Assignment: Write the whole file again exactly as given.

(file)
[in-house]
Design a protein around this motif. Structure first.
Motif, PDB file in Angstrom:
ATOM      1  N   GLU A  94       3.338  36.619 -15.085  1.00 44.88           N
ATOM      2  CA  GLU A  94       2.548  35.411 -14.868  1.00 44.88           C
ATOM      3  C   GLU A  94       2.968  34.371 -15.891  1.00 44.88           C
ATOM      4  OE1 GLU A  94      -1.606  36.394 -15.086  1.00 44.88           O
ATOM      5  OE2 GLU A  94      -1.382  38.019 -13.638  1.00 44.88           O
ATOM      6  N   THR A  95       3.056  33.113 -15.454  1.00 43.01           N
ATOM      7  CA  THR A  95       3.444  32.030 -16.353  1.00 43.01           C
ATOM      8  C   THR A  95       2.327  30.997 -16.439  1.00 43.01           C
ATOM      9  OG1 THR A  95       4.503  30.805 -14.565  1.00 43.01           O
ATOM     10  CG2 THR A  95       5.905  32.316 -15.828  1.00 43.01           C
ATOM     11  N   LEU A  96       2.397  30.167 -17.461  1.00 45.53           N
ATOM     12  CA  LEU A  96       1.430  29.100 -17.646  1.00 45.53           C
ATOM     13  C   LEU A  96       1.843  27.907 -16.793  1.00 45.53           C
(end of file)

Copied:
[in-house]
Design a protein around this motif. Structure first.
Motif, PDB file in Angstrom:
ATOM      1  N   GLU A  94       3.338  36.619 -15.085  1.00 44.88           N
ATOM      2  CA  GLU A  94       2.548  35.411 -14.868  1.00 44.88           C
ATOM      3  C   GLU A  94       2.968  34.371 -15.891  1.00 44.88           C
ATOM      4  OE1 GLU A  94      -1.606  36.394 -15.086  1.00 44.88           O
ATOM      5  OE2 GLU A  94      -1.382  38.019 -13.638  1.00 44.88           O
ATOM      6  N   THR A  95       3.056  33.113 -15.454  1.00 43.01           N
ATOM      7  CA  THR A  95       3.444  32.030 -16.353  1.00 43.01           C
ATOM      8  C   THR A  95       2.327  30.997 -16.439  1.00 43.01           C
ATOM      9  OG1 THR A  95       4.503  30.805 -14.565  1.00 43.01           O
ATOM     10  CG2 THR A  95       5.905  32.316 -15.828  1.00 43.01           C
ATOM     11  N   LEU A  96       2.397  30.167 -17.461  1.00 45.53           N
ATOM     12  CA  LEU A  96       1.430  29.100 -17.646  1.00 45.53           C
ATOM     13  C   LEU A  96       1.843  27.907 -16.793  1.00 45.53           C